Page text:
Author: Amb. Valeri Chechelashvili, Senior-Fellow at Rondeli Foundation
Negative external trade balance is a significant macro-economic challenge facing our country. Mostly, this is due to the formation of the liberal economic model coupled with the fact that after the collapse of the Soviet Union, for a multitude of political and economic reasons, the economy of Georgia collapsed as well. These reasons can be a topic of a separate study. Here, we shall address a very important issue – the accelerated growth of exports.
For the first time in the history of independent Georgia, in 2017 exports, excluding re-export, exceeded USD 2 billion and amounted to USD 2,063 million. Together with re-export it came close to the record data of 2013, amounting to USD 2,727 million, falling just USD 183 million short of 2013 indicator.
Exports in 2017 increased by 29% as compared to 2016, whilst imports increased by 9%. This is a serious step forward. The growth of exports and imports in absolute numbers were also almost equal (exports – USD 614 million, imports – USD 685 million). There was a better situation only in 2013, when exports increased by USD 534 million whilst imports reduced by USD 34 million (Source: http://www.geostat.ge).
One could list a number of directions for both export growth as well as import substitution. The subject of this paper is one of such promising directions – trade of electricity. The sector of electric energy possesses impressive export development potential. It is widely acclaimed that one of the priorities for Georgia is to develop energy and particularly a specific sector of it – hydroelectric energy. It is interesting that in 2010, export of electricity amounted to USD 36.5 million, becoming one of the largest export positions, together with ferroalloys (USD 264 million), cars (USD 227 million), copper ore (USD 75 million) and natural wine (USD 41 million) (Source: http://www.geostat.ge/?action=page&p_id=133&lang=geo). In the same year, net exports amounted to USD 23.5 million.
Georgia’s Trade of Electricity (USD Million).
Unfortunately, the trend could not be maintained. Moreover, the success of 2016 (after 2011, our country once again became a net exporter of electricity) was cancelled out in 2017, when an unprecedented amount of money was spent on electricity imports – USD 66.7 million with net imports amounting to USD 48.5 million. The table below will attempt to explain this phenomenon.
Comparisons of the Growth of GDP of Georgia with the Consumption of Electricity, in Percent
|GDP Real Growth (%)||6.4||7.2||6.4||3.4||4.6||2.9||2.8||4.8*|
|Electricity Consumption Growth (%)||10.4||9.6||1.3||3.3||4.9||2.0||6.2||N/A**|
**Not available at the moment.
The two indicators presented in the table move more-or-less in sync after the saturation of the individual consumption market in 2013-2015, which is entirely logical. In 2016, the growth of the consumption of electricity (6.2%) far exceeded the real GDP growth (2.8%), whilst the additional demand was covered through increased production of electricity (7.2%). As a result, after a four-year pause, Georgia once again assumed the status of a net electricity exporting country.
As already pointed out above, such a state could not be maintained in 2017. Georgian National Energy and Water Supply Regulatory Commission has not yet published the 2017 Report; however, we can assume with high likelihood that the growth of the consumption of electricity has significantly exceeded its production, which caused the necessity of a record amount of electricity imports in the independence period, with the value reaching about USD 66.7 million.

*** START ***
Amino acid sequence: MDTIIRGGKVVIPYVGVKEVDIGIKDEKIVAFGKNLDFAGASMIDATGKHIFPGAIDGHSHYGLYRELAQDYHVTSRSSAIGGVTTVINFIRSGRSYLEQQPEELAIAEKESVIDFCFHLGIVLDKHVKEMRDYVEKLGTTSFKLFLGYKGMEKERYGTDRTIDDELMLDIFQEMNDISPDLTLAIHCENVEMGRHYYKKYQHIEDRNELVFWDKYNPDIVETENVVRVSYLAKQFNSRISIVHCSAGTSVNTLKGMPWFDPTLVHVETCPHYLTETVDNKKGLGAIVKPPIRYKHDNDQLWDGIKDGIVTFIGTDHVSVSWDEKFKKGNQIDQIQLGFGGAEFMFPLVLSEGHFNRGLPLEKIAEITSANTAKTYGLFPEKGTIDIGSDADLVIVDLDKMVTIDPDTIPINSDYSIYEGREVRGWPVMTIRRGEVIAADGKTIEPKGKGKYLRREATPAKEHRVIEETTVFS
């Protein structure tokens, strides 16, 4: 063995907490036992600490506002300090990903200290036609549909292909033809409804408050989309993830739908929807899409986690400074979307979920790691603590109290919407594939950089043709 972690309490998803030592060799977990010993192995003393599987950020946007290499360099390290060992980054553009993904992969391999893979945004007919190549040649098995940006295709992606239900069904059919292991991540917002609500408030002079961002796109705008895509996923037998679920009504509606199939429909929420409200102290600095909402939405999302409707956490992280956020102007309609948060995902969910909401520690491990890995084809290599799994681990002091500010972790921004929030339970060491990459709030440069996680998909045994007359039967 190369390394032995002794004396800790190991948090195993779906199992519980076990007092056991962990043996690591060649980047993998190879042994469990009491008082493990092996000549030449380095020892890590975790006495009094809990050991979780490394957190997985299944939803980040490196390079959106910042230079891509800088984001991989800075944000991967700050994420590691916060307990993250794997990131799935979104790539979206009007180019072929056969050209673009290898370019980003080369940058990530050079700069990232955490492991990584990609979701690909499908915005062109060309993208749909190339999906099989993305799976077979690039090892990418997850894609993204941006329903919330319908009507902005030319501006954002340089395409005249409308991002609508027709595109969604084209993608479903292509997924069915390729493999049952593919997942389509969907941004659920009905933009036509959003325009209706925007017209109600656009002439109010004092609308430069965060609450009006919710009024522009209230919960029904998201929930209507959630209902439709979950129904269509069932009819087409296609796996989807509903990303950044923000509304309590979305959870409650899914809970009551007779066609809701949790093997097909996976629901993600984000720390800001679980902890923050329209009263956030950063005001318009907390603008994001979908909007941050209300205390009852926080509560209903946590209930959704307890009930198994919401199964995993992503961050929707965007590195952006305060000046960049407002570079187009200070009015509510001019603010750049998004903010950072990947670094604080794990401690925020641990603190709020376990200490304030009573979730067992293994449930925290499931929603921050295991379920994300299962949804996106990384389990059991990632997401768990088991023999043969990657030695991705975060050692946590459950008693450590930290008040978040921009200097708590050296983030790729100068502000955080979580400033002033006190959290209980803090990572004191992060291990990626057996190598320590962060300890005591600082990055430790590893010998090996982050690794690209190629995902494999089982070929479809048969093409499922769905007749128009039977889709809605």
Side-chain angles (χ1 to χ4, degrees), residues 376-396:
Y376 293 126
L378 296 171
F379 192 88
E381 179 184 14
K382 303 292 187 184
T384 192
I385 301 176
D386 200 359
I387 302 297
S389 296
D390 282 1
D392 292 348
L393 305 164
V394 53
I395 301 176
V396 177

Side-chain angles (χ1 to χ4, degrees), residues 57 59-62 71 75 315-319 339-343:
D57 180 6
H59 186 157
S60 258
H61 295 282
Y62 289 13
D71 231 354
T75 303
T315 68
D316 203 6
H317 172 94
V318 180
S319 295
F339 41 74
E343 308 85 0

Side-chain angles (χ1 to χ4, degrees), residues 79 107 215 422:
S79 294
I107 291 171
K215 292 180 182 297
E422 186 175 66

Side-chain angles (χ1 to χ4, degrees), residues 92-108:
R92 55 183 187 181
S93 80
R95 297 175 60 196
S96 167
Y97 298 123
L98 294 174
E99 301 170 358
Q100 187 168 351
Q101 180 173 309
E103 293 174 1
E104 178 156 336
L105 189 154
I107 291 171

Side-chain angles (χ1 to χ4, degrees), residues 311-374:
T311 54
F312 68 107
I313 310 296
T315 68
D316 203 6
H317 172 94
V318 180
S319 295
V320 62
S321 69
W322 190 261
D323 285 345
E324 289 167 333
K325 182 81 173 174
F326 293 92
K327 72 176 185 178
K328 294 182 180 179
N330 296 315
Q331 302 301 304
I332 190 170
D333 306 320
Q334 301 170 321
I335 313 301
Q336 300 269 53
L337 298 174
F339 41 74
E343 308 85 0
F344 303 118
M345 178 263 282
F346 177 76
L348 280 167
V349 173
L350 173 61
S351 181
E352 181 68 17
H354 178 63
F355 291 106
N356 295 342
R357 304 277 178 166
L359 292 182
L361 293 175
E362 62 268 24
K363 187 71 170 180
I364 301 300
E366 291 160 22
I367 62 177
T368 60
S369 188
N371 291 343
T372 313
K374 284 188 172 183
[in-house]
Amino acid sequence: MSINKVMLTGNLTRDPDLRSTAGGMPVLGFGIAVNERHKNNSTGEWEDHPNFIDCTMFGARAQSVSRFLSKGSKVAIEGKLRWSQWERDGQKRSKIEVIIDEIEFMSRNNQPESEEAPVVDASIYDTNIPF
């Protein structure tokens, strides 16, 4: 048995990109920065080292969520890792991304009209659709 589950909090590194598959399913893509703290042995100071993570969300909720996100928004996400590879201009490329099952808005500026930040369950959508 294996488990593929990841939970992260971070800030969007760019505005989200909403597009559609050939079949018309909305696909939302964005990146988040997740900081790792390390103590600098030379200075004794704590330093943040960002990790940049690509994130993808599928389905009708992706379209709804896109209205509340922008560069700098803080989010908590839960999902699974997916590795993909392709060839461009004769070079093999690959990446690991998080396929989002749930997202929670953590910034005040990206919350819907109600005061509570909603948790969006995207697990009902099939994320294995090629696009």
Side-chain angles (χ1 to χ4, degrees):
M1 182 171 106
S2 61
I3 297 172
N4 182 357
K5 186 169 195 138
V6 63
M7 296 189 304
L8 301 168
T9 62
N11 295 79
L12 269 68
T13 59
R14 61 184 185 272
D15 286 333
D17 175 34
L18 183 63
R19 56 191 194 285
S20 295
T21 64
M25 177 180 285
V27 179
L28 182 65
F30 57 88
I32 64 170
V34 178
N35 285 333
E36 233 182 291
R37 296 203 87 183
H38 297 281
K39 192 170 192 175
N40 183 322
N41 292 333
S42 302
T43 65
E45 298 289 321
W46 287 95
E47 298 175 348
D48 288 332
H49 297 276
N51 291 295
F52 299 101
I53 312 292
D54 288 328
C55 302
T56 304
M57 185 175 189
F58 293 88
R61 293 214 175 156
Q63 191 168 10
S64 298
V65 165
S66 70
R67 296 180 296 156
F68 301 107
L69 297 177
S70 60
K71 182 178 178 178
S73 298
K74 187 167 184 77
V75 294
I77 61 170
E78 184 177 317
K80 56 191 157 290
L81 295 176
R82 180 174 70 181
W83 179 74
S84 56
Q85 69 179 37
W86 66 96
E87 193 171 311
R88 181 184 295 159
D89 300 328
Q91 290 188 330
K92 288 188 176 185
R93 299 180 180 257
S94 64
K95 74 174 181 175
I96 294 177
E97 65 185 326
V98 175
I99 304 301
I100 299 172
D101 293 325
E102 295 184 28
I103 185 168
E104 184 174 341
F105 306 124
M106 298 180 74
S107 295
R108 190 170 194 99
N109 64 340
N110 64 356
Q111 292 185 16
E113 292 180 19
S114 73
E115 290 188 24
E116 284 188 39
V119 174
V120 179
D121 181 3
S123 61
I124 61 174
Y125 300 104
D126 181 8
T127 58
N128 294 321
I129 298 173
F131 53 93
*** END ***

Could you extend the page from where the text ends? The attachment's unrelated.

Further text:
Presumably, the growth of the consumption of electricity exceeded 10% in 2017, as opposed to 6.2% growth in 2016. Since this was not corresponded with equivalent GDP growth, there has to be another explanation for this occurrence, for example, the growth of the volume of electricity used for Bitcoin mining.
This problem has already appeared in Iceland. The growing demand on electricity resulting from Bitcoin mining already created problems within the energy system. Local energy experts started talking about the danger of energy crisis. Already today, the amount of electricity spent on mining Bitcoin in Iceland is twice as much as the volume of individual consumption (See: http://www.bbc.com/news/technology-43030677).
Currently, Iceland has a lively debate about putting Bitcoin mining within comprehensive legal framework. Icelandic MP, Smari McCarthy (https://twitter.com/smarimc), is actively working on this issue. He argues that those who mine Bitcoin should themselves be interested in having coherent and transparent rules of play, so as to avoid any misunderstandings that might arise in the future. It is difficult to disagree with this opinion.
China is also seriously discussing the issue. For example, People’s Bank of China plans to impose certain restrictions on the companies occupied with mining Bitcoin. These measures include abolishing the preferential regime for these companies in the fields of electricity supply, land usage and taxes (See: https://www.bloomberg.com/news/articles/2018-01-03/china-is-said-to-curb-electricity-supply-for-some-bitcoin-miners;https://www.caixinglobal.com/2018-01-04/china-clamps-down-on-preferential-treatment-for-bitcoin-mines-101193622.html).
How do these trends reveal themselves in Georgia’s reality and what solutions can be found, taking the interests of both businesses as well as the state into account? We shall attempt to answer these questions in the second part of our blog.